In February 2014, Filbrun presented to family physician Chad Lamb, M.D. (“Dr. Lamb”), as a follow-up to his hospital visit. Filbrun reported that he continued to have daily headaches since his hospital discharge, and he was taking Tylenol to help with the headaches. Dr. Lamb directed Filbrun to discontinue his daily use of Tylenol, continue using Verapamil, and increase his thyroid medication (Filing No. 12-9 at 44-45).

         In February 2015, Filbrun suffered a cerebrovascular accident (stroke) and presented to the emergency room where he was admitted to the hospital (Filing No. 12-10 at 40). His symptoms resolved over a three-day period, but following the incident, he did not feel as sharp and his hearing was worse. Filbrun returned to Dr. Lamb in June 2015 as a follow-up to his hospitalization. On examination, Filbrun showed good insight and judgment, normal mood, and no abnormalities. His mental status examination was normal. Dr. Lamb adjusted medications and referred Filbrun to a neurologist. Id. at 39-42. During another doctor's appointment at the end of June 2015, Filbrun reported symptoms of depression and anxiety; however, the mental status examination revealed normal results. Id. at 2-3.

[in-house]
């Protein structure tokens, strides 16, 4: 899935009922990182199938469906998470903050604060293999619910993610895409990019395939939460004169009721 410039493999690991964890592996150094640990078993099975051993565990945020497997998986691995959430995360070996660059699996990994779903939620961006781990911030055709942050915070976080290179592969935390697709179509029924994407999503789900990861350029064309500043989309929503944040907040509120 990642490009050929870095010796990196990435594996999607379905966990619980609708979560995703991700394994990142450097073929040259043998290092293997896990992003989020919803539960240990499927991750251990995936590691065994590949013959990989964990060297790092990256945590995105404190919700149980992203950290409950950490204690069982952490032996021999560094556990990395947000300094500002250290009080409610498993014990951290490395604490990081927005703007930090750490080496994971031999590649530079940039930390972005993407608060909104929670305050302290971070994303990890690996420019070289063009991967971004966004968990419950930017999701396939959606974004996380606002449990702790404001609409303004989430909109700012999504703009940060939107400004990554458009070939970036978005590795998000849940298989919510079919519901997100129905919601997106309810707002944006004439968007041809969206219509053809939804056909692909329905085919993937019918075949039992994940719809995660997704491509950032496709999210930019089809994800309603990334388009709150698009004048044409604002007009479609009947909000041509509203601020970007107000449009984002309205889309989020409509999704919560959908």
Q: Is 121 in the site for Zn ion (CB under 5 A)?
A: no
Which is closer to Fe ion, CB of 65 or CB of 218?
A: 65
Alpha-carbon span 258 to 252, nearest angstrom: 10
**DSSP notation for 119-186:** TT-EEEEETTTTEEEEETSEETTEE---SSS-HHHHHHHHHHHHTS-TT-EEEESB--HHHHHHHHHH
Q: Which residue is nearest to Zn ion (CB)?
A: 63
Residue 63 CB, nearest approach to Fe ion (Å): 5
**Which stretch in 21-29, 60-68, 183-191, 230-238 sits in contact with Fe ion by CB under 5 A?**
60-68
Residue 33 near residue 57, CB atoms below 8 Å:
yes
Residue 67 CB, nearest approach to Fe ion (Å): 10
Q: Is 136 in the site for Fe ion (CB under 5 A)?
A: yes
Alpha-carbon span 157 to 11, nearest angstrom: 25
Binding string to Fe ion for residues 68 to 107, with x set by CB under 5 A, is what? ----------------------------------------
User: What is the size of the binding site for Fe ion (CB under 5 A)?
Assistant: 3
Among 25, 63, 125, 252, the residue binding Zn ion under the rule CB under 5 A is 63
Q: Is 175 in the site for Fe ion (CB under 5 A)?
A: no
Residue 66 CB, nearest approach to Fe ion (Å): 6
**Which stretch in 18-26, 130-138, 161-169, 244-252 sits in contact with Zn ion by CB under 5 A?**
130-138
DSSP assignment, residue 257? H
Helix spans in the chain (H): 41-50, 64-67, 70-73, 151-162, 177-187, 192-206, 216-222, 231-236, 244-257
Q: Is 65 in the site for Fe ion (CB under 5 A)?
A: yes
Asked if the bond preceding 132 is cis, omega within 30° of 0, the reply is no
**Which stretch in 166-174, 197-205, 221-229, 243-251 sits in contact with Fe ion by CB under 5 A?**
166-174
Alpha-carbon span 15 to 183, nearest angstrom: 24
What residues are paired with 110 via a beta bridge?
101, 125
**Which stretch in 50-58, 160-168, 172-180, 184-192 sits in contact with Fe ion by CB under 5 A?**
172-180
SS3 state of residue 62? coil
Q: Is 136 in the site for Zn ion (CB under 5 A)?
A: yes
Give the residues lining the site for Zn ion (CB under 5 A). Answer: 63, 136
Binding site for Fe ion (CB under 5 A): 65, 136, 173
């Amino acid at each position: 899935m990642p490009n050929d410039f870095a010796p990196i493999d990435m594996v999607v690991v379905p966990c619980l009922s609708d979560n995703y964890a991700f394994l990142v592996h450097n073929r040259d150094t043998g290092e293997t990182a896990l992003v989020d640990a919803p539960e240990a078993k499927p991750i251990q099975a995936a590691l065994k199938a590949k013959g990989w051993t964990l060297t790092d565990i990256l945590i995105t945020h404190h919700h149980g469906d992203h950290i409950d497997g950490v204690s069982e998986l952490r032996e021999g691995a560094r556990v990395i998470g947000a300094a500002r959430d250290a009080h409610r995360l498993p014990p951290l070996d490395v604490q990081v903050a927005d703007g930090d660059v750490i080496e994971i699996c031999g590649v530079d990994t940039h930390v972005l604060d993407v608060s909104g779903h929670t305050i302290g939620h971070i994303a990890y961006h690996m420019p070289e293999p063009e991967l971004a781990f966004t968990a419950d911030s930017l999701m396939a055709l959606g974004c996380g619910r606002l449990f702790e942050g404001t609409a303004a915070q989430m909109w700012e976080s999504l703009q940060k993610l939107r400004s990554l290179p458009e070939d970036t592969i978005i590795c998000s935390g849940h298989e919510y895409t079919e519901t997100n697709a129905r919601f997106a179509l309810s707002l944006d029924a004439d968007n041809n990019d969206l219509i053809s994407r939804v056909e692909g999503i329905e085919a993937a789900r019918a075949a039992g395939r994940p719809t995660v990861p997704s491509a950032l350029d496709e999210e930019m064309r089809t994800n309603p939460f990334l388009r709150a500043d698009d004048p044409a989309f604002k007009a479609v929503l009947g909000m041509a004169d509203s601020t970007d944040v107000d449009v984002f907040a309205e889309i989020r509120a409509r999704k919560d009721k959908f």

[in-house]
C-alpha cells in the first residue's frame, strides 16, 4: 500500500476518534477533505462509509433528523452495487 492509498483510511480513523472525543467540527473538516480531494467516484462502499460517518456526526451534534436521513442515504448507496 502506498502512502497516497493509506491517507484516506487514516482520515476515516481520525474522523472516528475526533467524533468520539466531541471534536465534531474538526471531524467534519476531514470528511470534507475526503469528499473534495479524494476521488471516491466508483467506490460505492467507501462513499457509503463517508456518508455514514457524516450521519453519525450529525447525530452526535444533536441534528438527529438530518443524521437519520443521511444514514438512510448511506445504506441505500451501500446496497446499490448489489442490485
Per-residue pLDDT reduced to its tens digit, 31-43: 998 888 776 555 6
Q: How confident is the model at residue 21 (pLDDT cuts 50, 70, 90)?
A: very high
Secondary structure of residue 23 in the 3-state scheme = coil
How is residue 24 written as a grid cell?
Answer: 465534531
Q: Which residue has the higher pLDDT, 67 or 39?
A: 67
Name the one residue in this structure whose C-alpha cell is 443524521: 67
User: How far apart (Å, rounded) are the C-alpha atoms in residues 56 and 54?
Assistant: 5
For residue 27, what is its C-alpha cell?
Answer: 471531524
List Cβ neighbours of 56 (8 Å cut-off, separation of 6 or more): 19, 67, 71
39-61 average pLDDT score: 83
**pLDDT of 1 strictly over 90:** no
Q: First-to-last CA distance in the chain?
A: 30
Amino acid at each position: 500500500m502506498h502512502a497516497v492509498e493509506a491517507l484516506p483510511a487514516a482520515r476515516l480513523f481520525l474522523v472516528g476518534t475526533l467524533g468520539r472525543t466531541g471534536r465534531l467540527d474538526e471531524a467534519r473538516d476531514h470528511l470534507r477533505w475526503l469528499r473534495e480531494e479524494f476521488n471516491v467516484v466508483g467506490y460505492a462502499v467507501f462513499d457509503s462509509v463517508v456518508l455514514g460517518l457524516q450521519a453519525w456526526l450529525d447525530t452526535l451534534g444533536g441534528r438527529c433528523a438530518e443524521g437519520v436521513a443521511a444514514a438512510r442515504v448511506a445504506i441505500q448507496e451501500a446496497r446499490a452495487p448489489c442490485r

Filbrun saw a neurologist in July 2015. He reported his stroke, ongoing headaches, and difficulty with memory and concentration, but he also reported that he was doing well overall following the stroke. On examination, Filbrun appeared fully oriented, showed no recurring cranial nerve impairments, had proper sensation, and had normal muscle functioning. He was referred for occupational, speech, and physical therapy (Filing No. 12-10 at 45-53).

         On August 26, 2015, the same day as the hearing before the ALJ, Dr. Lamb provided a medical source statement, opining that Filbrun was seriously limited or unable to meet competitive standards in a number of areas concerning mental abilities and aptitudes. Dr. Lamb opined that Filbrun would be off task ...